Lewis Hamilton was given a post-race warning by the race stewards at the Belgian Grand Prix following his first-lap collision with Fernando Alonso that ruined the Mercedes driver’s afternoon. Hamilton was given acres of space around the outside of Les Combes but still managed to make contact with Alonso, with the resulting damage leaving him unable to continue in a hammer blow for the Silver Arrows.
The 37-year-old was instructed to visit the medical centre in the immediate aftermath of the crash for precautionary checks after his Mercedes car bounced up into the air before coming back down onto the track. However, he failed to oblige and picked up a warning as a result of his reluctance to comply with the order, as revealed by Sky Sports F1 commentator David Croft.
“He’s actually been given a warning for refusing to go to the medical centre,” said Croft. “The bounce up in the air and return to the ground set off a warning light in the cockpit. He didn’t go to the medical centre and he’s been given a warning by the stewards for that.”
The first-lap crash wrapped up a nightmare weekend for Hamilton and Mercedes, who were well adrift of the pace-setters for the duration of the entire weekend at Spa-Francorchamps. The seven-time champion accepted full responsibility for the incident when quizzed on what happened during the closing stages of the race before insisting that he was not worried about Alonso’s view on the collision, with the Spaniard having angrily referred to him an ‘idiot’ via team radio.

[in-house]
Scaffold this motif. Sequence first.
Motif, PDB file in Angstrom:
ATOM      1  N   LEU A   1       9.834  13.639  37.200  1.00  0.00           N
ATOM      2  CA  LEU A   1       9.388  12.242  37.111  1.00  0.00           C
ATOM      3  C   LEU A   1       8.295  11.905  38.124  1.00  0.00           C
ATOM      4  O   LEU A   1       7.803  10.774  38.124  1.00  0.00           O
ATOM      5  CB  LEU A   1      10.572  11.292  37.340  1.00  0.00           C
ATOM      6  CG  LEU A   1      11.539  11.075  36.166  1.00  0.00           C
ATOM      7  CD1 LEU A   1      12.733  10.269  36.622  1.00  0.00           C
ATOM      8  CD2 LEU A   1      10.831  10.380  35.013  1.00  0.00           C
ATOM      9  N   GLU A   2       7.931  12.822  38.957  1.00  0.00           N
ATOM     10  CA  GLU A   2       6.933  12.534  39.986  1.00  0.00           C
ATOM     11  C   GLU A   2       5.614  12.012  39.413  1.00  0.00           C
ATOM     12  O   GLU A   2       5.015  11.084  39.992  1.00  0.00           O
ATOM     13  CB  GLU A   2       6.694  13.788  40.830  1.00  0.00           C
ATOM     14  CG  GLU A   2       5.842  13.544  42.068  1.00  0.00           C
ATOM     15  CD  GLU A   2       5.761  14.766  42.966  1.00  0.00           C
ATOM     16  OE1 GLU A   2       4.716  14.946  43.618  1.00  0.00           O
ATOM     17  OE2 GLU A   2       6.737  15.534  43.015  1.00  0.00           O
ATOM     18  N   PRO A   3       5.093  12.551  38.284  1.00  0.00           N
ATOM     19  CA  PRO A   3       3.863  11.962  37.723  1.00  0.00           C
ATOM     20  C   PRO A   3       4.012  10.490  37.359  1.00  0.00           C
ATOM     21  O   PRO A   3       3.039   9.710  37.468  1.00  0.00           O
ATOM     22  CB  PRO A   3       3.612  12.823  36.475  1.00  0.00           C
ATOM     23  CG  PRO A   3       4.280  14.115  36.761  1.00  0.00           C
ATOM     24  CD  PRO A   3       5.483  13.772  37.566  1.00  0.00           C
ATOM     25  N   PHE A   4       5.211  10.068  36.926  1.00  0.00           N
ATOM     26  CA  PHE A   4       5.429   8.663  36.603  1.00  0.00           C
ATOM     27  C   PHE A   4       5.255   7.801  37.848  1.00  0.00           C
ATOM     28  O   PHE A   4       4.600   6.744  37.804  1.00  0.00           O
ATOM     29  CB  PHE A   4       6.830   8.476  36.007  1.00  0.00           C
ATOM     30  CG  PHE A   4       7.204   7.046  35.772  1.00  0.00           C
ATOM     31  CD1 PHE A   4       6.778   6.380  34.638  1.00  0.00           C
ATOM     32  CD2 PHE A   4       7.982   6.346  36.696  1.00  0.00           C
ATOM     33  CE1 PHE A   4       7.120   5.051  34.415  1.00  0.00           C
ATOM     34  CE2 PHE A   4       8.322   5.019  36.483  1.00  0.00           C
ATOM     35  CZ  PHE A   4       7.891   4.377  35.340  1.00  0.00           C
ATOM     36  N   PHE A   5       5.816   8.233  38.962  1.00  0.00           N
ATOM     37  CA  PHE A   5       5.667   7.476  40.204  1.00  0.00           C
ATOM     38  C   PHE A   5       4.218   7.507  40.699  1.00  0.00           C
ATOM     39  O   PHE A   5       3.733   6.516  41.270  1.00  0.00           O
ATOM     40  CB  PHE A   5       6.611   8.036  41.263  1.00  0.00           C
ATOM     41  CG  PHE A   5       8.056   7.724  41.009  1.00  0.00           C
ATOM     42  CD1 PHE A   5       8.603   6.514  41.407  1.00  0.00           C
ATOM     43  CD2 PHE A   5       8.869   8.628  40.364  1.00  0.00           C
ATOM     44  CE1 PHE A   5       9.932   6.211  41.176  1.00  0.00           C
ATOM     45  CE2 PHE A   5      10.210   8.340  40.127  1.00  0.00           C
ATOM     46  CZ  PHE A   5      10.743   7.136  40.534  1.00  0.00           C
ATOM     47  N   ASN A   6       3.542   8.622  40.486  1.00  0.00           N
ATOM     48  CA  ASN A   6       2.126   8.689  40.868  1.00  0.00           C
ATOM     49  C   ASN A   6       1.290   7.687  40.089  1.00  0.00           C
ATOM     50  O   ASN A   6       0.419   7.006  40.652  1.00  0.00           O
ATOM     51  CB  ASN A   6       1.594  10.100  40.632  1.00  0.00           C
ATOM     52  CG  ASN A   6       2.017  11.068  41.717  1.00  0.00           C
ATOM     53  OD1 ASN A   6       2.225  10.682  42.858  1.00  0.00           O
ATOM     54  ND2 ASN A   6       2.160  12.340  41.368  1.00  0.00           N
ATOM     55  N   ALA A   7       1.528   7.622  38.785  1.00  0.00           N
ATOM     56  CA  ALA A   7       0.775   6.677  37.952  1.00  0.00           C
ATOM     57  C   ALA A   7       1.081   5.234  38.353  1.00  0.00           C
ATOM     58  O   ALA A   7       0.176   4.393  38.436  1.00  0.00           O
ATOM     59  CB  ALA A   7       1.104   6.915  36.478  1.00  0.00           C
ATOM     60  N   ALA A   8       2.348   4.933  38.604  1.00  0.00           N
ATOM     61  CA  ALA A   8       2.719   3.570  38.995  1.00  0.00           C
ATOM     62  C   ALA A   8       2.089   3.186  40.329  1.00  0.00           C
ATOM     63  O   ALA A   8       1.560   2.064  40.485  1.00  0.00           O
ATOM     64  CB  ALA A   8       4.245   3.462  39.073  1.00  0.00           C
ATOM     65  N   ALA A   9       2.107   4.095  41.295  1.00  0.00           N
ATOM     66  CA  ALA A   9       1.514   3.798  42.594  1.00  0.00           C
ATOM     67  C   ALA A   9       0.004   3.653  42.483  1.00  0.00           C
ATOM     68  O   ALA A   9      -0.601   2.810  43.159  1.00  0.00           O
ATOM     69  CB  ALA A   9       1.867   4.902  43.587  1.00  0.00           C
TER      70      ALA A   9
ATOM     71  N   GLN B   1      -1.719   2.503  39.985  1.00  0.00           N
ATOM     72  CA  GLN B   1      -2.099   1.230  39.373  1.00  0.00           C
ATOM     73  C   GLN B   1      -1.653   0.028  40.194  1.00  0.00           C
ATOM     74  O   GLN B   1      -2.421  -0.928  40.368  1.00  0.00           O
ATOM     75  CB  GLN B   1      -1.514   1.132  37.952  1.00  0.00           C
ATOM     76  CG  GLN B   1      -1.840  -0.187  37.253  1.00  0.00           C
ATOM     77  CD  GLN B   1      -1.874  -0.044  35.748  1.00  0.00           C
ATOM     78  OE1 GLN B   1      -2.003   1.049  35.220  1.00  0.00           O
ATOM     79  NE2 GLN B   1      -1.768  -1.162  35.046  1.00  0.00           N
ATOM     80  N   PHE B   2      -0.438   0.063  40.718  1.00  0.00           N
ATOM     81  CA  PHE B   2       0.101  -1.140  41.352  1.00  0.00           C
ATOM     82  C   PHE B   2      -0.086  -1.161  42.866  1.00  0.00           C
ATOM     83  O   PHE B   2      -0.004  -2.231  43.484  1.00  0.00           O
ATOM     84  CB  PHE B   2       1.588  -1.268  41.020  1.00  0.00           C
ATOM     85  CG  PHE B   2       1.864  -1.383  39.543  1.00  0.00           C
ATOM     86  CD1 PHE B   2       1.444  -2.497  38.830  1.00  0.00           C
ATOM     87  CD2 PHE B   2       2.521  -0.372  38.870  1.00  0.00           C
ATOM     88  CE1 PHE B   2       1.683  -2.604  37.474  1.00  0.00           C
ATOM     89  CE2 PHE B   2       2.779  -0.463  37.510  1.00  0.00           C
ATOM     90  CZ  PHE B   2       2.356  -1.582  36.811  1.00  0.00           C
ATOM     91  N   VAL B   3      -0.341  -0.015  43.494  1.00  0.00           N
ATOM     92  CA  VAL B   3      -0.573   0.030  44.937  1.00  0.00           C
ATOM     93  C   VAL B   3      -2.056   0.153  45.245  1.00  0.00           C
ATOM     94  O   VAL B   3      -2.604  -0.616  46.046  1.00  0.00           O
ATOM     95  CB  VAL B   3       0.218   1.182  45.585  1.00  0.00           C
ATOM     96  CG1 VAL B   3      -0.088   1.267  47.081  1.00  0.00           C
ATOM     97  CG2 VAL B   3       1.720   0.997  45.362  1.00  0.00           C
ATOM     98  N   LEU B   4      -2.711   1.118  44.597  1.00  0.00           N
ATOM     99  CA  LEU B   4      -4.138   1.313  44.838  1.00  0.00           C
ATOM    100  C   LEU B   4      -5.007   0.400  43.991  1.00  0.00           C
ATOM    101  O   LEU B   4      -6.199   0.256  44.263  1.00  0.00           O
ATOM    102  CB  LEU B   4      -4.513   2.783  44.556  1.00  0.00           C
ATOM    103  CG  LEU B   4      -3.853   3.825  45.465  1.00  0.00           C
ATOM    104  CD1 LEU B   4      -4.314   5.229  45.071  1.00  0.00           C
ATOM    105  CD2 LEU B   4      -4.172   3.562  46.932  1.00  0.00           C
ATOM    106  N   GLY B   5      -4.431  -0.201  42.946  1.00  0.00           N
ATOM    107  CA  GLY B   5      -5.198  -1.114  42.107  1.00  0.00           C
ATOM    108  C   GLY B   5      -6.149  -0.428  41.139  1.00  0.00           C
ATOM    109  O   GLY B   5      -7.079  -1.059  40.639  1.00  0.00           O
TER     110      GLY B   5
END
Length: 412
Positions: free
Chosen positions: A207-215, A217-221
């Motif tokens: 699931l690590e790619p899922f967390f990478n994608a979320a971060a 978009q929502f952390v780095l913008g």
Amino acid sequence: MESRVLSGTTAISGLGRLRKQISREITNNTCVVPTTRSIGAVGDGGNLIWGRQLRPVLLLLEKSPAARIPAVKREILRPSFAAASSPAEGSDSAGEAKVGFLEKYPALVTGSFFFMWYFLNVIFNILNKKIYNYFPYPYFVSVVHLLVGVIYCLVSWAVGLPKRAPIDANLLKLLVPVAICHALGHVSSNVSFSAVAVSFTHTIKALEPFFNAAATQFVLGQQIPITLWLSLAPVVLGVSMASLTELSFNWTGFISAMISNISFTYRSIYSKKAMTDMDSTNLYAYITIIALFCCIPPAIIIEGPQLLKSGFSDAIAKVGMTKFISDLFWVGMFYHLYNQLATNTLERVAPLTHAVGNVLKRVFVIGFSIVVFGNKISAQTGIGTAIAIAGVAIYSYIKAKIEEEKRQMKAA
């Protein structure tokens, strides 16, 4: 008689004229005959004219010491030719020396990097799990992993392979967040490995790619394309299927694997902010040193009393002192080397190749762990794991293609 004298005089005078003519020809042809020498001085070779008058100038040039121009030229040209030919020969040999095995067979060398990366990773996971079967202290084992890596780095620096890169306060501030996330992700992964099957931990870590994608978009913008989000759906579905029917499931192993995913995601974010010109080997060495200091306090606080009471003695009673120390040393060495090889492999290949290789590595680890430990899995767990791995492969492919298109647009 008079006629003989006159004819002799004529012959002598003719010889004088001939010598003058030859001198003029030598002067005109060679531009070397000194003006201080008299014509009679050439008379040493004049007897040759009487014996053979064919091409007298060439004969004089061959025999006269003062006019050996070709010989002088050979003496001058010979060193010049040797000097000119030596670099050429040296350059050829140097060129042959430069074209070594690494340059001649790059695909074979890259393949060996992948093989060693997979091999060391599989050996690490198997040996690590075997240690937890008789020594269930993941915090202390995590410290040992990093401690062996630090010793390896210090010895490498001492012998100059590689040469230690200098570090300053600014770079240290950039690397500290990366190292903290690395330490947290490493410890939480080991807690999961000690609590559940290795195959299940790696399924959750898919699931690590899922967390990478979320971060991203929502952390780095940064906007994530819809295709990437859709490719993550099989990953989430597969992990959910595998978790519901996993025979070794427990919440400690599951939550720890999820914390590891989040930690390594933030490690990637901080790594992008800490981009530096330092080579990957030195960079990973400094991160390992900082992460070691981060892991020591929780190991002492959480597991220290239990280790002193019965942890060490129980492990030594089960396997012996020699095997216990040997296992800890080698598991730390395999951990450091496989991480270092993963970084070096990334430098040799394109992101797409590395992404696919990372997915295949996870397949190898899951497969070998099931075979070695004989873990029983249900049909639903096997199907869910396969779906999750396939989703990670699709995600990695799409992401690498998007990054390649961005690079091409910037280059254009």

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“Looking back at my footage, he was in my blind spot,” explained Hamilton. “I didn’t leave him enough space. It’s my fault today. Just so sorry to the team.
“It doesn’t really matter that he [Alonso] said that. I don’t really care. It was my fault, I couldn’t see him actually. He was right in my blind spot. Just recuperate, get back on the treadmill.”
Meanwhile, Mercedes team principal Toto Wolff suggested after the race that he felt sorry for Hamilton, with the latter’s early collision sparking only the fifth opening-lap retirement of his entire career.
“He came in and said he squeezed him, it’s difficult in the car to really see,” added Wolff. “That is just the reality. The car is difficult to drive and doesn’t have the pace over a single lap. We need to work ourselves out of this.
“That was not great on us all weekend, a track that we should be more competitive at. We must not go between depression and mania.”
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